Coffe at Microsoft

Related entries in Coffee around the world, Coffee Experiences, Coffee Opinion, Coffee Reviews

Robert Scoble points to a new Microsoft employee talking about his experience of his first six weeks working there. What may interest you is what he says about the coffee that Microsoft provides for his employees:

First, something negative that I hadn’t expected: the coffee. It sucks, all over the Redmond campus. I would never have thought that a company managed like Microsoft would be incapable of providing decent coffee to its employees. But it’s true. This stuff is gut-wrenching bad. Coffee-addict-repulsing bad.

Read the rest at Doug's World.

Coffee in Disneyland

Related entries in Coffee around the world, Coffee Experiences, Coffee Reviews

Yep, I held true to the reviewing thing. I actually tried coffee from Disneyland. *shudder*

Oh, it was not fun, let me tell you. We went to what looked like the most "main" in terms of coffee at Disneyland, the Blue Ribbon Bakery on Mainstreet.


Now, the first clue here is that the cafe is sponsored by, and served by, Nestle. Oy. I was in for it there. Well, I decided to get an Americano, and Ianiv a plain old drip coffee. Can you tell which is which?


Well, the one on the left was the Americano. And you can see me trying below. What you don't see is the grimace on my face. Oh my. I have to say it was as bad as any coffee from a random gas station that was brewed 4 hours ago kind of thing. And it was watery. So watery. Skimping on pennies for sure. Ianiv's was a tad more horrible, and perhaps even more watery. Lovely.


Die harders

Related entries in Coffee Experiences, Fun with coffee

This is us on our way to Disneyland. We drove down, all 21 hours, just the 2 of us. Coffee, of course, was needed. As well as copious amounts of any caffeinated product we could get our hands on.

So, not wanting to get coffee at some random gas station in the middle of the night, we took all our stuff with us. This is me grinding in the car. Thank goodness for free hot water at gas stations! I think the attendant was jealous ;)

More Fuel - Coffee

We even took our new snazzy coffee canister from Pottery Barn.

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Carmen Estate coffee

Related entries in Coffee around the world, Coffee Education, Coffee Experiences, Coffee Reviews

We tried another Panama coffee, this time from the Carmen Estate and also from the Best of Panama auction lot. Our beans were roasted by Hines, and thankfully provided by Elysian Room.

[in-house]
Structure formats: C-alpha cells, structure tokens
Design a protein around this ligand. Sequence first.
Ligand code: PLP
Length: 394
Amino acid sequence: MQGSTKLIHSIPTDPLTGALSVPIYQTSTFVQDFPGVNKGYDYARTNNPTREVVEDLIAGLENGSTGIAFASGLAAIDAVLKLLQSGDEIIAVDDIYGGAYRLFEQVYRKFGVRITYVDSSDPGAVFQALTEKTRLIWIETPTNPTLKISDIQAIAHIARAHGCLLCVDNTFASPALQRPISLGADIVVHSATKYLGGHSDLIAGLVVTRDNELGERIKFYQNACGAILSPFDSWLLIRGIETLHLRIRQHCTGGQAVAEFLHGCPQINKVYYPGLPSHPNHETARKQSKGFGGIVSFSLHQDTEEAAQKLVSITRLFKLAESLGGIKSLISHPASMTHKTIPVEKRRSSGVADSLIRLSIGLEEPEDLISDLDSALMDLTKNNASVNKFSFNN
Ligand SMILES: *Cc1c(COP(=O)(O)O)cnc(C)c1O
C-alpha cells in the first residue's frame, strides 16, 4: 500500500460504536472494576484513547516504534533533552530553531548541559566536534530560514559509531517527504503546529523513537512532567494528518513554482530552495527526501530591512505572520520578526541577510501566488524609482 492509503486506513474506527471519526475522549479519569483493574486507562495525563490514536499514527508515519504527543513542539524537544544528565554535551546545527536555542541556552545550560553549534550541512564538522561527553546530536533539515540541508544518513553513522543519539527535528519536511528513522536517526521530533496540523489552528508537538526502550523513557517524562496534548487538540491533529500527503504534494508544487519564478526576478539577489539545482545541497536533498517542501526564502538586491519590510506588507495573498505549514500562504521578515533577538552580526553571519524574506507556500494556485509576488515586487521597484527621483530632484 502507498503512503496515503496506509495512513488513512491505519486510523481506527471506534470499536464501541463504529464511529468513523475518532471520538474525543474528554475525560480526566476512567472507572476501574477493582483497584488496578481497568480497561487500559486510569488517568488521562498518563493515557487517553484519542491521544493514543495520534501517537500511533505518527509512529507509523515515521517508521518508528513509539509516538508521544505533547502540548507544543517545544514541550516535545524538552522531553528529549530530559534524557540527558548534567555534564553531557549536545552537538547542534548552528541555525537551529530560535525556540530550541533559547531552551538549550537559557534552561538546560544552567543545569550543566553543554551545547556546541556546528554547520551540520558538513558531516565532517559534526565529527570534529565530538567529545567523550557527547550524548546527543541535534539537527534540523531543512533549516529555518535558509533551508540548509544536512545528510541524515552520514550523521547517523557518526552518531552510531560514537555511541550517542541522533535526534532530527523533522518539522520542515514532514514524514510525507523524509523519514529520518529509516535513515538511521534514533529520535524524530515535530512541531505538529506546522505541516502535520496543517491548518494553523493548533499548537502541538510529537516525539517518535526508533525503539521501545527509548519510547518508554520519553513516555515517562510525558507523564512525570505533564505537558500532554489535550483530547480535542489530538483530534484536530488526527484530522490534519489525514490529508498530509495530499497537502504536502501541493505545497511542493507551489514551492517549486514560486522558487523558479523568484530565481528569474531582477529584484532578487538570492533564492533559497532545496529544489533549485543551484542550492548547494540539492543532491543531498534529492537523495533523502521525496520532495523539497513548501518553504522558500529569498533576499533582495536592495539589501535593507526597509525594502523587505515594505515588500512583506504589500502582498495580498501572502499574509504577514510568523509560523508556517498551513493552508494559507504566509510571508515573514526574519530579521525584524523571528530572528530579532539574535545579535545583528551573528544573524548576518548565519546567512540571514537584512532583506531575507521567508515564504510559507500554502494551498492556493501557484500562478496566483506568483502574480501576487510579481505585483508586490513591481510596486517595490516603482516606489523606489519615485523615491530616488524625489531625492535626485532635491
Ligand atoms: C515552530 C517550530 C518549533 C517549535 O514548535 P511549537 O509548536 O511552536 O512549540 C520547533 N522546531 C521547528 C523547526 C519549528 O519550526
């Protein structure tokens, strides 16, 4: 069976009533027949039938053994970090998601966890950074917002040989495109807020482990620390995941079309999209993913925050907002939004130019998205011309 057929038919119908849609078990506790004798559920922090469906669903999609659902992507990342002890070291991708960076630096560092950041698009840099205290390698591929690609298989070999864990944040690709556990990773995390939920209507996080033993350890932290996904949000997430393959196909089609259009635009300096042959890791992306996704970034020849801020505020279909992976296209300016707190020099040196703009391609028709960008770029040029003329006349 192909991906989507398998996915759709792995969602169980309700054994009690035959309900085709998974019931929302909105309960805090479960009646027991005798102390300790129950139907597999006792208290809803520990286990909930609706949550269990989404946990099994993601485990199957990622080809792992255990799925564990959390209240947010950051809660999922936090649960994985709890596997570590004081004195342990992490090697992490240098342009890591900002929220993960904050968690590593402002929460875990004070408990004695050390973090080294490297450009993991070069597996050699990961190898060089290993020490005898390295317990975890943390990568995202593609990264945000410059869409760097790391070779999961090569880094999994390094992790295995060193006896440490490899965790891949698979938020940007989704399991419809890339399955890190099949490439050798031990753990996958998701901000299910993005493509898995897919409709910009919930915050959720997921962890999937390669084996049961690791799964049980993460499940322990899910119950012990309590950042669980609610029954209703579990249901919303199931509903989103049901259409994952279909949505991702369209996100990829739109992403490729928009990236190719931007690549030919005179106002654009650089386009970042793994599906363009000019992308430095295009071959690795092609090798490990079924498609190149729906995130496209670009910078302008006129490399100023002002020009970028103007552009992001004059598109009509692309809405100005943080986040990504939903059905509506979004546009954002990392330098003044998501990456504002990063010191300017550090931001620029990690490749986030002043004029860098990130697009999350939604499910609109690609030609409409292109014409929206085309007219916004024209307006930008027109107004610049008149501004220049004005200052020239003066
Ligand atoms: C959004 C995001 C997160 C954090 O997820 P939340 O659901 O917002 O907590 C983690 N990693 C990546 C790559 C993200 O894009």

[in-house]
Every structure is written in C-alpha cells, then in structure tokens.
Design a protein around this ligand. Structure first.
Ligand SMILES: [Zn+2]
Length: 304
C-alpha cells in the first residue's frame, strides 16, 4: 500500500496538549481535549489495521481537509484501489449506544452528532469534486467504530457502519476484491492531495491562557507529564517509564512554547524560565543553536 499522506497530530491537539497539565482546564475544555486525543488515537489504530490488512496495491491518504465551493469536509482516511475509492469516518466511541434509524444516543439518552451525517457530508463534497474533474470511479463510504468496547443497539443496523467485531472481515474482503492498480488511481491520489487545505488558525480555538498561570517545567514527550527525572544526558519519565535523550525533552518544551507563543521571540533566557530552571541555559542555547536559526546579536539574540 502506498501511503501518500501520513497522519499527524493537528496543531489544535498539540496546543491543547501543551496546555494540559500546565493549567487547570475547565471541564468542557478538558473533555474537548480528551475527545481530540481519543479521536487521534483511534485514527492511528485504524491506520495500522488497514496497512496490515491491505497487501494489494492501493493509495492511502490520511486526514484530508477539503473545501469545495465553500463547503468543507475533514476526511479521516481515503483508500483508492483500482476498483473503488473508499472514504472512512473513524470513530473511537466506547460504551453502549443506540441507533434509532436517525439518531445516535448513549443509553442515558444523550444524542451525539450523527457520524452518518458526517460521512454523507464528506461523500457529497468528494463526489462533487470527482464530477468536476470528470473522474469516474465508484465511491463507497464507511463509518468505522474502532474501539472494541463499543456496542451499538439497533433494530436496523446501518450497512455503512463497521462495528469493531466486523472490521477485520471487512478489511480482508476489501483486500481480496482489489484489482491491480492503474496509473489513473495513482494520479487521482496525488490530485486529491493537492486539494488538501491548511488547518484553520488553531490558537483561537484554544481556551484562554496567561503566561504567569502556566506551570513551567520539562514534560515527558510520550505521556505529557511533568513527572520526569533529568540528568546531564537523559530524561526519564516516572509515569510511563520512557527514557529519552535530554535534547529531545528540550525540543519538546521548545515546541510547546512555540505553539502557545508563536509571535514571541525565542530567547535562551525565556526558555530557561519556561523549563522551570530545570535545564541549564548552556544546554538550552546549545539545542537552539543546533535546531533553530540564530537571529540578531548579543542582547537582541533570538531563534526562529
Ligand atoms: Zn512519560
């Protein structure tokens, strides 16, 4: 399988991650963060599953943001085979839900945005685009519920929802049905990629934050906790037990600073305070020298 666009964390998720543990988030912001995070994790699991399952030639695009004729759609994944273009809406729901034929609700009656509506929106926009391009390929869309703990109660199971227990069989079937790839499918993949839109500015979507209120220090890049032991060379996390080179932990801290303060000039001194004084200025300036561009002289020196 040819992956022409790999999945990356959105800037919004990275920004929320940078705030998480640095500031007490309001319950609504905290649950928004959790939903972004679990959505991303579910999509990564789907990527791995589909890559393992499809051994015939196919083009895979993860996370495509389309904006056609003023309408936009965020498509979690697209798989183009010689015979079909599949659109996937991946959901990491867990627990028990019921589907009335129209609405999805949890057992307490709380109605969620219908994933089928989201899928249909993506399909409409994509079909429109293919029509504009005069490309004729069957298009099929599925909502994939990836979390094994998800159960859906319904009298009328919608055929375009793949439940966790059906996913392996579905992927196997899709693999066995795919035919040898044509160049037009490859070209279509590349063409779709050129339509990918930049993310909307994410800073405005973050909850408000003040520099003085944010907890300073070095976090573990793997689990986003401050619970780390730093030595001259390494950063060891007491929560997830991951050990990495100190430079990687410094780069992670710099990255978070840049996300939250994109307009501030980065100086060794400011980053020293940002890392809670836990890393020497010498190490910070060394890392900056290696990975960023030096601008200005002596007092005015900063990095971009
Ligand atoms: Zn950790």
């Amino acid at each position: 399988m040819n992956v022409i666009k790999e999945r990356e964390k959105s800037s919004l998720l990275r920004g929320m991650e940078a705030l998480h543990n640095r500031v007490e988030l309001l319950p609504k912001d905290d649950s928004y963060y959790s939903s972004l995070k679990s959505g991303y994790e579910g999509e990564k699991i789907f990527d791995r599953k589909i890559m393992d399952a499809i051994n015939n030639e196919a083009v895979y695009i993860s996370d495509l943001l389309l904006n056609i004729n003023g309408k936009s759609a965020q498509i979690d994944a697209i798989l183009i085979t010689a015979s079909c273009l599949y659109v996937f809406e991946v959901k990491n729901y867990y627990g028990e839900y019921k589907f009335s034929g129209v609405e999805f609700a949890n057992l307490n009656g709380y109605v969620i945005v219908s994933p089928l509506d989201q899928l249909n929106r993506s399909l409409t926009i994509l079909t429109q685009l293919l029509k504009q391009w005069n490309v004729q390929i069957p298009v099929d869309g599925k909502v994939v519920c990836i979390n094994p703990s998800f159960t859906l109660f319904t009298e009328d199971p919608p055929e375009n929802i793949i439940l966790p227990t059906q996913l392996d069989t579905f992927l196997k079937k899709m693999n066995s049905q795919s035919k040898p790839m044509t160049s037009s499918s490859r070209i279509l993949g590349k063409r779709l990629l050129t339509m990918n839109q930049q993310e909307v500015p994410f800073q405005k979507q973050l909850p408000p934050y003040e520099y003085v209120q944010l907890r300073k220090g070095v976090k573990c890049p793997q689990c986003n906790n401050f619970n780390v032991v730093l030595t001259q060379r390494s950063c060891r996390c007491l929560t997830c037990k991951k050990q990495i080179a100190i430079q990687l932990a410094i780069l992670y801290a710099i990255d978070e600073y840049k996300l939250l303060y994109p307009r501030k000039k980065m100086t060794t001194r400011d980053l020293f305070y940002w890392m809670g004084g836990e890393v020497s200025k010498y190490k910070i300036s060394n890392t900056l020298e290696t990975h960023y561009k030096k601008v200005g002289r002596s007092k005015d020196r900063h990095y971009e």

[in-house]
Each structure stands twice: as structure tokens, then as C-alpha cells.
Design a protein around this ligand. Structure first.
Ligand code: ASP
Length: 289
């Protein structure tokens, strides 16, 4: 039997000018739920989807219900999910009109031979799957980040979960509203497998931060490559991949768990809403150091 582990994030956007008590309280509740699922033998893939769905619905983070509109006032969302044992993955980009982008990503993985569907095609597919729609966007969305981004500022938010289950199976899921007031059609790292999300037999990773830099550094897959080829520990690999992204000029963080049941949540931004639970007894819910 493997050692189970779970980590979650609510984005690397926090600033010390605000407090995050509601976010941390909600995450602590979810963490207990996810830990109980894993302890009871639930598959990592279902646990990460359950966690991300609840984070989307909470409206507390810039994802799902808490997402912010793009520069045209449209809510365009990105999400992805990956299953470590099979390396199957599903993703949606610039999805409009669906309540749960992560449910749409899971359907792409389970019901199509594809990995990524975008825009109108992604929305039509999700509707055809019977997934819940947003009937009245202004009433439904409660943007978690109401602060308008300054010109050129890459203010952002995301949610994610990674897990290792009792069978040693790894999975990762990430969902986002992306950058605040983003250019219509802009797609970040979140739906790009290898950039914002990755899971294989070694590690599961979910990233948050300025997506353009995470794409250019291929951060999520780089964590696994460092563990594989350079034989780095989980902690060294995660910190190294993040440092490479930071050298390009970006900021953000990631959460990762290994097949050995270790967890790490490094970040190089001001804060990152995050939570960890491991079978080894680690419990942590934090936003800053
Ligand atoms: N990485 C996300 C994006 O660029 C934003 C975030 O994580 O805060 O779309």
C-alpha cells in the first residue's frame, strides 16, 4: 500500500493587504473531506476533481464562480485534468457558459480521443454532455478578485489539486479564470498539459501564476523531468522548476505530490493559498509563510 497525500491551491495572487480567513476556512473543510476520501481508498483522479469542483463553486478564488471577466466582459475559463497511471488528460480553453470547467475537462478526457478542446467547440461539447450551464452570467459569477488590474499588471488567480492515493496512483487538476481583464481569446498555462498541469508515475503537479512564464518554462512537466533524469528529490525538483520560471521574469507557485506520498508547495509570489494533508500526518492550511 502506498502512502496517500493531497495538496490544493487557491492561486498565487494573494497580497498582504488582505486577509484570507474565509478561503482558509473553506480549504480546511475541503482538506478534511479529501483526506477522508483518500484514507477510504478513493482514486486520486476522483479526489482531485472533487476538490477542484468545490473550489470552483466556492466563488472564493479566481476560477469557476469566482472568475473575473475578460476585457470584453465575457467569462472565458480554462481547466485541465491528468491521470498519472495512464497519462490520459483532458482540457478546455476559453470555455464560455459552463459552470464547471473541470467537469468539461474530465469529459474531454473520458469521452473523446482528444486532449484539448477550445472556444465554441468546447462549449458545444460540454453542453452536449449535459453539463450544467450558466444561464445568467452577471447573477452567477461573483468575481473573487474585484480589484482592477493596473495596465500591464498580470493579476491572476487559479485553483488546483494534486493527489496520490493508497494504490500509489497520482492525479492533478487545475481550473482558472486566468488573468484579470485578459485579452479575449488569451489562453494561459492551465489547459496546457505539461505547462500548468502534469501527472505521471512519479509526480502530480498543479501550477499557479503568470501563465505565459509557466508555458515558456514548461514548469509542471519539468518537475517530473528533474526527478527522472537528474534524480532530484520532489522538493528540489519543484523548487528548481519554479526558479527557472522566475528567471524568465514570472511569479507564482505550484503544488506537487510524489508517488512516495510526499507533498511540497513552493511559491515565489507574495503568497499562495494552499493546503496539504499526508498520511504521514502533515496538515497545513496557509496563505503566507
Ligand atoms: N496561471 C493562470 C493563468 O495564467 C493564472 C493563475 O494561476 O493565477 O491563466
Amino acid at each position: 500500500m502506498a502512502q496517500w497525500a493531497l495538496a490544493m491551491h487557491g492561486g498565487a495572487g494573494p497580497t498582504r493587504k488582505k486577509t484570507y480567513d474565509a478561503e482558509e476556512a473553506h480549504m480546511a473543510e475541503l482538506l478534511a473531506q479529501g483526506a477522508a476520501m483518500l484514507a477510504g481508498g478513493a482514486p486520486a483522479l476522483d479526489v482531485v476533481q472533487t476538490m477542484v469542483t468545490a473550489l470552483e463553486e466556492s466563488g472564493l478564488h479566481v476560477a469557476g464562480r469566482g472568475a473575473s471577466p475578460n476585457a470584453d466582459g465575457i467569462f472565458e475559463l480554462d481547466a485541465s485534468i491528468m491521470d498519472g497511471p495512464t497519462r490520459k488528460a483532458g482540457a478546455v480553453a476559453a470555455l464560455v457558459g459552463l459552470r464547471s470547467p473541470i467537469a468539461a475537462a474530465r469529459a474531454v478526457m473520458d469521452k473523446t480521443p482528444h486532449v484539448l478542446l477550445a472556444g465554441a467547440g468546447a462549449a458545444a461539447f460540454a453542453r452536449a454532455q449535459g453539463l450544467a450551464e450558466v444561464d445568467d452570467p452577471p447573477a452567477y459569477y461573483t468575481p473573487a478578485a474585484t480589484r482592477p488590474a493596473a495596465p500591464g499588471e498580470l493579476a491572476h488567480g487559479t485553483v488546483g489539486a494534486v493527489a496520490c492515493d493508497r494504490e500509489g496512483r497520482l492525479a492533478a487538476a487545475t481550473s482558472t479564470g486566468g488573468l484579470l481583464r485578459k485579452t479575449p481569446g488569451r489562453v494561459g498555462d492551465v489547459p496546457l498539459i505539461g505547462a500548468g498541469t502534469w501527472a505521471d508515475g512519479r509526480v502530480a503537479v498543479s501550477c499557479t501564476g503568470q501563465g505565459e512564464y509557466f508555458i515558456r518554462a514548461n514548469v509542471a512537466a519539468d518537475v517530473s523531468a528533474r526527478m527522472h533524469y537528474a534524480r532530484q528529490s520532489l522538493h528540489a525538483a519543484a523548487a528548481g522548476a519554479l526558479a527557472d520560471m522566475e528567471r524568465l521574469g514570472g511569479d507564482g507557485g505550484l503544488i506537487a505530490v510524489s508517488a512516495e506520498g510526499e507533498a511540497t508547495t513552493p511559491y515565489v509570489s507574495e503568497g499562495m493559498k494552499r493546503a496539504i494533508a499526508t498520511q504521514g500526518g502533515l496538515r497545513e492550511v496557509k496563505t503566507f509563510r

Carmen Estate is located in the Paso Ancho region, above the Finca La Florentina. From Sweet Maria's:

Carmen is on a very steep hillside with southern exposure, and due to the high altitude, the coffee has greater density, better acidity, a more piquant cup. So in a way, Florentina was getting some better cup quality with Carmen in the mix. But the farm was passed down to the new generation of the Franceschi family, namely Carlos Franceschi (Carmen was his grandmother) ... and he realized that they had a better coffee on their family farm then something to blend with lower-grown coffees. He built an independant mill for the Estate down in the valley using the latest equipment, and began a program to care for the trees usign new techniques. This farm uses the de-muscilage process where the muscilage is stripped off the parchment layer using friction, rather than traditional fermentation...

This coffee won the #3 spot in the Best of Panama competition in 2003, 2004 and #2 in 2005. The entire farm is very high altitude; it starts at 1450, an altitude many farms don't even reach, meters and goes up from there! We have a special arrangement to buy the coffee each year from the 1700+ meter altitudes, a very small amount of coffee. We sold out of that lot rapidly this year, but the entire crop is so good (a testament to Carlos' innovations) we set aside this Estate lot from his later shipment to the US, based on sample approval once it got here.

I preferred the brightness of this coffee over the more floral taste of the other Panama we tried. That's just a personal taste, as each has really bold flavours, but in different ways. I want to say this one was more sweet, although I know that was not the right word.

It was really a treat to drink it and to compare the differences, which were obvious right of the bat and in the finish, between the two Panama coffees.

Oh the craziness!

Related entries in Coffee Experiences

This week has been beyond insane. If you read my other blogs, or even just Blogaholics, you know that I've just come out of a big product release (or, rather, 2 products) - Qumana and AdGenta. One a blogging editor, the other an advertising program that works with Qumana.

So, I have had my head down working like a madwoman. OMG it was insane. For example, I got up today, sat at my computer, and didn't have time to leave it except to shower, grab food and talk on the phone. I didn't get my coffee until about half an hour ago - coffee at 4pm! So off my regular 10 am schedule. If we hadn't stocked up on coffee, I don't even think I would have had time to go get it.